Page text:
I did and it was great watching them evolve throughout the 80s! I saw then on the "Violator" tour back in Nov 1990 at Wembley Arena! It was like the "101" concert with songs from the "Violator" album thrown in!As much as I still enjoy them, I actually wish I got to experience that imperial phase.
I´m totally with you! I even left the fan-ship (i mistyped it "fan-shop" at first) during the SoFaD era!I’m sorry to say this but I haven’t really been able to get into anything DM since Songs of .. And i was such a huge fan before. Every time a new album comes out I’m super excited but nothing has ever come close to their imperial phase in the 80s
funny that Black Celebration and Music for the Masses were also the first DM albums I didn’t buy on release day , although I did quite like them eventually. Violator was great but somehow didn’t feel like of its times.. although it has stood the test of time brilliantly, maybe more so than my favourite album A Broken FrameI´m totally with you! I even left the fan-ship (i mistyped it "fan-shop" at first) during the SoFaD era!
I was sort of a fan from the beginning. Saw them live at Zeche in Bochum in 82 where thy played to ca. 300 kids. The audience was half coiffed hair, pastel sweatshirts, white cotton belts with one end dangling down the side and half bemused regulars who didn´t know what was going on.
One year later my class-mates where buzzing: "I´m skipping sports this afternoon, the new Depeche Mode album is out today." Now they played Philipshalle in Düsseldorf where we were about 7.000 fans. The normies were gone, the hair was now spiked and black was the colour. It was my first "big" concert and it was amazing!
Next year they had two top ten hits and the show felt basically the same, except the audience being more aggressive and rude.
People Are People quickly got on my nerves and I felt slightly detached from the anything-but-subtle-poetry of Blasphemous Rumours. It was not blasphemy that irked me, it was the manipulative, wooden-hammer lyrics. I began to actually dislike Martin Gore!
I skipped the following tours and showed only interest in the singles at this point. Shockingly I didn´t buy Black Celebration, nor Music For The Masses on release. I had discovered Cocteau Twins by then and was quite busy with immersing myself in the 4AD catalogue.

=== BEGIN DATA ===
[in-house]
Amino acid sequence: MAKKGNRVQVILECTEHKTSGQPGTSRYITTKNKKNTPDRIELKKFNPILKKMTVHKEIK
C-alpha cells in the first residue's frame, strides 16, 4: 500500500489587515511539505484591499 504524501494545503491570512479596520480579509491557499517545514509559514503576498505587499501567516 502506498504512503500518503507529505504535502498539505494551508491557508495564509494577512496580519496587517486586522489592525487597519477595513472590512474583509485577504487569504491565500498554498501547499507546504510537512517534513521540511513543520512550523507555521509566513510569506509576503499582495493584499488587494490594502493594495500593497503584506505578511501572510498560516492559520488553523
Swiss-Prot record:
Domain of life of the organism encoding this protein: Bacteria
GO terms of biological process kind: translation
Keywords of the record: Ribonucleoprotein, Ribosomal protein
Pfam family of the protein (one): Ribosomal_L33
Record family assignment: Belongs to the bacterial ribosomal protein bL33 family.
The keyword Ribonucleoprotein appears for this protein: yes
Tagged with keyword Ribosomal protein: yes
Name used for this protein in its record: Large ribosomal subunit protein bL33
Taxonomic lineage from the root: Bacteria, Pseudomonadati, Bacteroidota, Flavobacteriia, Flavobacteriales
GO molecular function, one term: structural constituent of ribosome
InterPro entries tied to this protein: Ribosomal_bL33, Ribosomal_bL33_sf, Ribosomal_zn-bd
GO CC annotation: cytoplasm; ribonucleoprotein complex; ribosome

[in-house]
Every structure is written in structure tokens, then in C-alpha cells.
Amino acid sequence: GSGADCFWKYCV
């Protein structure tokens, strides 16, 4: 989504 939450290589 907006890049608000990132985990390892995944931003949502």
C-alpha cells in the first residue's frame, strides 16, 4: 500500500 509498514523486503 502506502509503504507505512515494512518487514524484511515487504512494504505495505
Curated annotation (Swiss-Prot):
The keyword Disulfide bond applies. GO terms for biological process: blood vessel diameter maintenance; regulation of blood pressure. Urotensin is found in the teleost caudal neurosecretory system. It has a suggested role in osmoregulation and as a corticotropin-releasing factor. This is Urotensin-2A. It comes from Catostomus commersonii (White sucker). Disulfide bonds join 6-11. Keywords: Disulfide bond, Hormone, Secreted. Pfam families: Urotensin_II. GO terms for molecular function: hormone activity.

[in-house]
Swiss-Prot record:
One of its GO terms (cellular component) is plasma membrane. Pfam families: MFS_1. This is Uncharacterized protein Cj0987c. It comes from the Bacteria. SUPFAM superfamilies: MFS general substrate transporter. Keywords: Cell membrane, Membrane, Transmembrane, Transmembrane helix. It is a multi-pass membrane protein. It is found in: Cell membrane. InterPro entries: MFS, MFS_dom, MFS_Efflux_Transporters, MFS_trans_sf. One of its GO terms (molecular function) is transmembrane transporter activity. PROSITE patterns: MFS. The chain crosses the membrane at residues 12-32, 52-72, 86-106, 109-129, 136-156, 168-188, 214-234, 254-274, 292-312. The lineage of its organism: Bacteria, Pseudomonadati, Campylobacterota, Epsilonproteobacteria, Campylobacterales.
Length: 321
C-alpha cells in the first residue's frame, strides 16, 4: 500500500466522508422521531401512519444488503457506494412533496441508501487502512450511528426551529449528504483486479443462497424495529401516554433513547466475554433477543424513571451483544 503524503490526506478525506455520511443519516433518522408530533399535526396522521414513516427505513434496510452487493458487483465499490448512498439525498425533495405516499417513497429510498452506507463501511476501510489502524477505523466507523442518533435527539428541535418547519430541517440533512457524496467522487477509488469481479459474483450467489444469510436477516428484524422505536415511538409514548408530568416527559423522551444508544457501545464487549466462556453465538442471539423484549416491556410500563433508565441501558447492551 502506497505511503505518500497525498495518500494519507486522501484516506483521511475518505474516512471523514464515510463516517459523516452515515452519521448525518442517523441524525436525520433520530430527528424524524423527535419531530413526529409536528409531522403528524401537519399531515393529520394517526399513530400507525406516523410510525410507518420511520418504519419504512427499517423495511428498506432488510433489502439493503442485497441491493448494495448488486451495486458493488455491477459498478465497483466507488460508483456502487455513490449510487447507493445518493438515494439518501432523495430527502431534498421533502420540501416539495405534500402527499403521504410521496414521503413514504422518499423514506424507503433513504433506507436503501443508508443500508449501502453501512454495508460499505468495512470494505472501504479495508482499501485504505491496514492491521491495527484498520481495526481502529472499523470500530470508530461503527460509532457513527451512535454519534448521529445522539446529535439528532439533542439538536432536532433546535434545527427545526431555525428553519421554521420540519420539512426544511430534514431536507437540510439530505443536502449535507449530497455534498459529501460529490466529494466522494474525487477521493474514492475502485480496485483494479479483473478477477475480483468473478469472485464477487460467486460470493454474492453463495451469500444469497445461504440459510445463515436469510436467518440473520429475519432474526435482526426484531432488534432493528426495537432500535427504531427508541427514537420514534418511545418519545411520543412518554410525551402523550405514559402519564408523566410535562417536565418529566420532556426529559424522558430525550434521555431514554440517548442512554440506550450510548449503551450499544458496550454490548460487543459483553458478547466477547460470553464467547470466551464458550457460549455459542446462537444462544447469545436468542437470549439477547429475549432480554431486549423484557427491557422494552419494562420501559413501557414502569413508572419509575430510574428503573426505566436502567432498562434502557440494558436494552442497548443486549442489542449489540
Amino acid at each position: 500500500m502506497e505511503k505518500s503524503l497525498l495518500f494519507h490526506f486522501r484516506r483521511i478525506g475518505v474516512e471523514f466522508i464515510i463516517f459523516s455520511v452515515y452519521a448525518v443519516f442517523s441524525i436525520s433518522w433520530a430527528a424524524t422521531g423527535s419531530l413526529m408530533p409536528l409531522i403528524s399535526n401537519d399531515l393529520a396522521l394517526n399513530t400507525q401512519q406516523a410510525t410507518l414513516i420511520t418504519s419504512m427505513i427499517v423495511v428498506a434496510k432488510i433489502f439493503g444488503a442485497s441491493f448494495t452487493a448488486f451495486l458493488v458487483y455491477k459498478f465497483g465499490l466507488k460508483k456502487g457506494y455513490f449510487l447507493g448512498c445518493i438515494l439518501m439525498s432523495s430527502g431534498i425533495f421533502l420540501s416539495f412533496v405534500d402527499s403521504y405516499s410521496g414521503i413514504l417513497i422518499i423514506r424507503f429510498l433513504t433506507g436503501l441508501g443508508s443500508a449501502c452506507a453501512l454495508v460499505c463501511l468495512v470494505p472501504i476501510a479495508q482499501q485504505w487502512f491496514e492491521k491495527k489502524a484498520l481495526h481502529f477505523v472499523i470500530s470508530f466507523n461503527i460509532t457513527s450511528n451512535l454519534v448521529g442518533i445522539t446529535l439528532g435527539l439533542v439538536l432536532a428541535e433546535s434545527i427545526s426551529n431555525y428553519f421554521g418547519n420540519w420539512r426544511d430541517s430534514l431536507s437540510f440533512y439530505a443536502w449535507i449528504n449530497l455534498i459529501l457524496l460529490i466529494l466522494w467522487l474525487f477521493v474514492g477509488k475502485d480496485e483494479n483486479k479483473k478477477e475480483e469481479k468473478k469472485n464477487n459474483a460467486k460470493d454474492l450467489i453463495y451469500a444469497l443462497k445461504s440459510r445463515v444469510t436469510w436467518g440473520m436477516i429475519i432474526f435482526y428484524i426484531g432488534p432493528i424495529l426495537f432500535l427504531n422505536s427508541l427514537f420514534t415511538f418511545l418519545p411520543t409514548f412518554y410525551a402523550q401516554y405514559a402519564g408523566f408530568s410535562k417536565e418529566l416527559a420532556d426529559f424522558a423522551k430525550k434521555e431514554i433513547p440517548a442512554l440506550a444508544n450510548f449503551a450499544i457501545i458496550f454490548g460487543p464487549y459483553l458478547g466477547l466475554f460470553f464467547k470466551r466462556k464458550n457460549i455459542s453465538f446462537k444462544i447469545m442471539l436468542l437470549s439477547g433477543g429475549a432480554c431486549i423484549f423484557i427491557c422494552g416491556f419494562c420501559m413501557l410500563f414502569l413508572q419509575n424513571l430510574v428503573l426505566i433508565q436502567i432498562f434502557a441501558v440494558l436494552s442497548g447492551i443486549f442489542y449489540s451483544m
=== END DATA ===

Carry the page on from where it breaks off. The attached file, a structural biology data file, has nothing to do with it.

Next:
When 101 rolled along during the early acid-house revolution and with it came re-hashed singles like Little 15 (no more "little girls" for me, please! And keep your piano plink-plonk off the b-sides!) I really felt they were done.
But then they managed to turn the ship around with Violator. The production of that album managed to be totally of its time, yet somehow removed from it. Sure, the Mode had always flirted with stomp-rock before (I never really loved Personal Jesus). But Violator elegantly merged all the DM-tropes they had forged during the previous nine years.
I mean: Imagine, this was their 7th album in 9 years! What a whirlwind of insane creativity!
I saw them again live playing a sold-out 20.000 arena and it was glorious. I remember people losing their shit to a DRUM-MACHINE-SOLO!!! A late triumph for synth-pop!
Sadly it was the last triumph of this kind as Dave began to believe he was Kurt Cobain (Cobain, Corbijn...what´s going on here!?!) from now on.
Seeing them play the same arena during the Devotion tour was such a depressing sludge.
I felt the same leaden disenchantment I had experienced with Simple Minds in this arena a few years earlier. When they morphed from golden Gods to sweaty, pompous Bono-clones before my disbelieving eyes.
After I was fully on board again with Violator and re-aquaniting myself with Black Celebration adn MftM I was now finding myself beached...never able to go back again.
I agree to an extend. "Sparke in the rain" would have been a different beast with a different producer back in late 1983 (Trevor Horn could have done a good job on it - and he did really like the band back then too!) - Some of the unproduced demos from the early sessions for the album sound amazing and ready build on the sound of "New Gold Dream", however Steve Lillywhite took them in a different direction...For me SM went over the edge with Sparkle In The Rain. While it still had some amazing moments, it all sounded leaden and earth-bound. Most of the translucent, shimmering, weightless qualities they had before had been thrown out the window.
It's probably the last Simple Minds album I like all the way through!Once upon a time is incredible!!!!
I did though I didn’t go full Stan until about ‘89 - was lucky enough to catch the World Violation tour which was close enough to ensure most of the big hits got an airing alongside all of Violators brilliance. With each tour post Ultra you get less ‘imperial’ and more ‘infill’ but they are still a terrific watchI've come to the conclusion that if I was a fan in the 80s (basically if I was alive) I'd most likely hold an attachment to that imperial phase, my favourite albums are the run from Black Celebration to Ultra, BUT, because I didn't experience those era's first hand, I don't have that attachment, but I can understand it must have been a great time to be a fan, and to see the quality in the song production lose that brilliance that Alan Wilder brought those songs disappointing.
I became a fan in 2006 when they released Best of Vol.1 and I really loved Playing the Angel, which was the latest album at the time, and I loved discovering their entire back catalogue single by single, album by album, also I loved the SOTU era as well because I got to see them live and enjoyed the album a lot more than I do now. As much as I still enjoy them, I actually wish I got to experience that imperial phase.